October 6, 2017Doug Hadden
PFM and Country Development news summarized by the FreeBalance Strategy & Innovation Group.
AFRICAN GOVERNANCE IN THE NEWS: Ivan R. Mugisha reported on Rwandan President Paul Kagame’s assertion that Africans should decide what best for Africans in the East African. This comes at at time of increased tension with NGOs, like the Human Rights Watch, that Kagame characterized as “irrelevant and deceitful” organization that exploits situations in the country for financial gain.” Lack of apparent ethics from western companies was reported in Quartz by Lynsey Chutel, Abdi Latif Dahir, and Yomi Kazeem. Bell Pottinger and Cambridge Analytica work with African governments “stepped over the line of accepted ethical behavior.” The need to renegotiate mining contracts with western companies was under the spotlight in an article by Socrates Mbamalu in This is Africa. Unethical mining company activities in Tanzania, Zambia and Zimbabwe was described.
MIDDLE INCOME COUNTRY TRAP: Barry Eichengreen, Donghyun Park, and Kwanho Shin explored the middle income trap in the Brooking Institution Blog. “Many countries made the jump from low income to middle income, but only a handful were able to make the final jump from middle income to high income. A number of structural factors, such as the shift from input-led growth to productivity- and innovation-led growth, make the middle-to-high transition more challenging. The idea of a middle-income trap resonates especially in Latin America, where many countries have been trapped at middle income for a long time.” The authors summarized their new working paper, titled The Landscape of Economic Growth: Do Middle-Income Countries Differ?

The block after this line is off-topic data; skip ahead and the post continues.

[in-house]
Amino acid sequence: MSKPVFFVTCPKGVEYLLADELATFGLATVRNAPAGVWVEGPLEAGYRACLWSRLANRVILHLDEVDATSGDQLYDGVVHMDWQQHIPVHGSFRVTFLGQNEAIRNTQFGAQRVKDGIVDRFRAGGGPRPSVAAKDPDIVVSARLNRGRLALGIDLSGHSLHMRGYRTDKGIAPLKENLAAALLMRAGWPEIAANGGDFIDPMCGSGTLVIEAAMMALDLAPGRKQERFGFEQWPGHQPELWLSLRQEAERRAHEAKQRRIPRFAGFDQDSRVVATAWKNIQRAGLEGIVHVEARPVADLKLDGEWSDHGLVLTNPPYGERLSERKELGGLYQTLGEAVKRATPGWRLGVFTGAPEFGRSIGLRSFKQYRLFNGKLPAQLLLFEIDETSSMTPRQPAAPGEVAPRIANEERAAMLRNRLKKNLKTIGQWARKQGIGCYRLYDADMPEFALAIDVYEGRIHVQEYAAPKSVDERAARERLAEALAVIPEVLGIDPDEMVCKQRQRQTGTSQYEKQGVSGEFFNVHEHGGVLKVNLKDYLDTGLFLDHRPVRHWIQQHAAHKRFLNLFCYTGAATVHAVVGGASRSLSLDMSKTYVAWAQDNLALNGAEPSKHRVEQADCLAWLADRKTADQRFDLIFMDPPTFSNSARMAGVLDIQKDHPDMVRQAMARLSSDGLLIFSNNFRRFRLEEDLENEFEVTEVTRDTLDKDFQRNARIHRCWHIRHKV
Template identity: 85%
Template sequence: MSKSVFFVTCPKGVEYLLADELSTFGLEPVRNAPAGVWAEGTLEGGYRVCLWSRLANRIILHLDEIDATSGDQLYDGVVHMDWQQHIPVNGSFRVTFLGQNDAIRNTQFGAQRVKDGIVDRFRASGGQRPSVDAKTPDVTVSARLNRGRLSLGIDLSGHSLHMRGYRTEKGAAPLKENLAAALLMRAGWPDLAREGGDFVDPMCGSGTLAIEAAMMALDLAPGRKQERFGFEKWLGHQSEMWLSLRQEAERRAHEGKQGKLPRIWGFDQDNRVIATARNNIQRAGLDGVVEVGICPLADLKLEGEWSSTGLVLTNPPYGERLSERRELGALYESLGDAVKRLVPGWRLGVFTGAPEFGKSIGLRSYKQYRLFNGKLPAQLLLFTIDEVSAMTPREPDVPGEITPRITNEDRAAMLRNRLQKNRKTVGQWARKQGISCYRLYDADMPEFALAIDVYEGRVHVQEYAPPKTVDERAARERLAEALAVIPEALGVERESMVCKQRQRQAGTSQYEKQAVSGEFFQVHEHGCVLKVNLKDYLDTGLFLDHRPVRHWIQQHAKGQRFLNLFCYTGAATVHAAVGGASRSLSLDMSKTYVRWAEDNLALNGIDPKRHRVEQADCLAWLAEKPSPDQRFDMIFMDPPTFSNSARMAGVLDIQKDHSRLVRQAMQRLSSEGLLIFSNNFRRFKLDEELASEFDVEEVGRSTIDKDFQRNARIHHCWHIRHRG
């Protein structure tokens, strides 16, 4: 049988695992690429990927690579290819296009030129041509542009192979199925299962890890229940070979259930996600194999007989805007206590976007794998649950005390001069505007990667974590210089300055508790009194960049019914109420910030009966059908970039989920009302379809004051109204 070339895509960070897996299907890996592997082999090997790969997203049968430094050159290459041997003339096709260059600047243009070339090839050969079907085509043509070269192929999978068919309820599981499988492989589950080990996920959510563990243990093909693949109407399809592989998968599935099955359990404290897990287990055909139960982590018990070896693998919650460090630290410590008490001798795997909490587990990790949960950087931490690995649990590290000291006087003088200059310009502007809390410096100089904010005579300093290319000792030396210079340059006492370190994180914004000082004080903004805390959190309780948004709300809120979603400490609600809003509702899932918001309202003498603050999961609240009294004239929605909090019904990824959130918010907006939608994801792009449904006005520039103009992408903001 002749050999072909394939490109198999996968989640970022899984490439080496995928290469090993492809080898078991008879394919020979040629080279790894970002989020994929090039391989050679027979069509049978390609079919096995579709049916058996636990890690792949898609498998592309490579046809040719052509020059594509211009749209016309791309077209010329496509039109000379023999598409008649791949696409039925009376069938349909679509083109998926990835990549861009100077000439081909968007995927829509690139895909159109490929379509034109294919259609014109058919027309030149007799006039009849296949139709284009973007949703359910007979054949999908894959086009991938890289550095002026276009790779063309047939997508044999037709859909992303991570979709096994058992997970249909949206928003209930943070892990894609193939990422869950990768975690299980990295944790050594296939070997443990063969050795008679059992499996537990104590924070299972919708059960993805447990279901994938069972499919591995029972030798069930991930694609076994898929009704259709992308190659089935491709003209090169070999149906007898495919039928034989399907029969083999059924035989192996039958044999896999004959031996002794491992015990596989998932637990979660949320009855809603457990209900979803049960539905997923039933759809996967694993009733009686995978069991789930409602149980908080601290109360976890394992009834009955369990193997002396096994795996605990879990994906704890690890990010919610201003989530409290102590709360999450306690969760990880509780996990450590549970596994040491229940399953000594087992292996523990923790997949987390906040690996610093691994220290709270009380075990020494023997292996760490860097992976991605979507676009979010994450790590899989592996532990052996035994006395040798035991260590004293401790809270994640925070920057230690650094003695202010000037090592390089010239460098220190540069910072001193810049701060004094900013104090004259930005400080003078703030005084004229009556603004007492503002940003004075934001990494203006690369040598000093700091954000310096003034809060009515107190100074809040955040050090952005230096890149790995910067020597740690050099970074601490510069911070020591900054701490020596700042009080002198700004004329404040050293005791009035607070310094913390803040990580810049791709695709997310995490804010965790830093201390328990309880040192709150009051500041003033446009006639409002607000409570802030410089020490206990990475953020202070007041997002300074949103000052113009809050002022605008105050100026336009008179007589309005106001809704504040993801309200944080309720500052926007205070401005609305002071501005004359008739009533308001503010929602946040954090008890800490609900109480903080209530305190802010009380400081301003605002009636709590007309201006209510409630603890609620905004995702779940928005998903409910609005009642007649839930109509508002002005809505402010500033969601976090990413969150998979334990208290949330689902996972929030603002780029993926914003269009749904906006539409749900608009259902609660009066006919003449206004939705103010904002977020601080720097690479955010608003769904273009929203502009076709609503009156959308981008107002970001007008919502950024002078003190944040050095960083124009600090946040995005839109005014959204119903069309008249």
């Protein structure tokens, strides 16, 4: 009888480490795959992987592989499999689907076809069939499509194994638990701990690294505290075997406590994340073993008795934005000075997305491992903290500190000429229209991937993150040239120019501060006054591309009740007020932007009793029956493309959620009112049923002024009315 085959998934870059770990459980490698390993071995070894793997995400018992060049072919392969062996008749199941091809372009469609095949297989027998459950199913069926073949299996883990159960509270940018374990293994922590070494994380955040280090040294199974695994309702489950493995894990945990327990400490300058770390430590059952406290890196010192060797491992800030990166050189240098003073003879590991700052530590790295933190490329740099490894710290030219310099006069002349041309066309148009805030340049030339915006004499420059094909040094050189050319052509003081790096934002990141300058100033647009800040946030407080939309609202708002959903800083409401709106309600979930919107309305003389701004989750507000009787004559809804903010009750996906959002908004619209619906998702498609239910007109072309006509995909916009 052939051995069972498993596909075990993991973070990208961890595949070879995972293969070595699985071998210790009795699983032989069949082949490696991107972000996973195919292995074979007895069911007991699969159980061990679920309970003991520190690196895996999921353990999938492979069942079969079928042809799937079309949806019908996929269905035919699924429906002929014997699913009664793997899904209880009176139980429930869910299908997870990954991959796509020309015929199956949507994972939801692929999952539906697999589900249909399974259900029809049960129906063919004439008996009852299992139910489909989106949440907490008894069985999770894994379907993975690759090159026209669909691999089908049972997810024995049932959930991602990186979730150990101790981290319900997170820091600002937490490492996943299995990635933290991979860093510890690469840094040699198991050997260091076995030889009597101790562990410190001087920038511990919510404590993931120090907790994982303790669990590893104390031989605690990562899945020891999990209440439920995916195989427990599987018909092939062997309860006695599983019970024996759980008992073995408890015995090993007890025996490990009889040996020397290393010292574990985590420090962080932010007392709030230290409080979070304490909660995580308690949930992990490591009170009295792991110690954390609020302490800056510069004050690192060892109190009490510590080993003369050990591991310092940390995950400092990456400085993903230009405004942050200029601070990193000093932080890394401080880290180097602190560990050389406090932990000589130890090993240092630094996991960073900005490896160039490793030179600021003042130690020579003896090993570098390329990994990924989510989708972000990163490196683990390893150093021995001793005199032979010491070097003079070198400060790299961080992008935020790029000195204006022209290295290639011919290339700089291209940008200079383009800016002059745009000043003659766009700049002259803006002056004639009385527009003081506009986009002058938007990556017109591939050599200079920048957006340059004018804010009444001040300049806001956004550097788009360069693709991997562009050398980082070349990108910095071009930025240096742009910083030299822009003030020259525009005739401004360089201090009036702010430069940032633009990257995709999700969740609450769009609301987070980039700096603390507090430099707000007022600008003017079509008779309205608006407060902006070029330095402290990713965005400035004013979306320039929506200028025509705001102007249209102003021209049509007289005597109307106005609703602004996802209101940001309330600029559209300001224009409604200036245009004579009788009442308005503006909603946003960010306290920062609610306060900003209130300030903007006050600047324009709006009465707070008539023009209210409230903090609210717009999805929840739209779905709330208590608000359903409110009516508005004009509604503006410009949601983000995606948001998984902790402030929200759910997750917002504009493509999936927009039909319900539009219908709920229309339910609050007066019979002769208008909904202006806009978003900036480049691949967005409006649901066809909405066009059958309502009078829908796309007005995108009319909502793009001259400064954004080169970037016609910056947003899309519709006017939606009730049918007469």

ECONOMIC FREEDOM INDEX: The latest annual report from the Fraser Institute found that “Hong Kong and Singapore, once again, occupy the top two positions” in economic freedom. “The other nations in the top 10 are New Zealand, Switzerland, Ireland, the United Kingdom, Mauritius, Georgia, Australia, and Estonia.”
CASE FOR EVIDENCE IN GOVERNMENT: Evidence-driven decisions in government are difficult to achieve. Douglas Criscitello described a Commission on Evidence-Based Policymaking (CEP), report that found “the mere existence of data is a necessary but not sufficient condition for creating empirical evidence to inform decisions throughout the full lifecycle of public programs—enactment, funding, operation, reform, termination” in Government Executive. Evidence sometimes shows how public policy orthodoxy can prove incorrect, as explained by Aoife McCullough in the Oxfam Blog. McCullough takes on the assumption that “improved access to services will strengthen the state/society contract and, state legitimacy will follow.”
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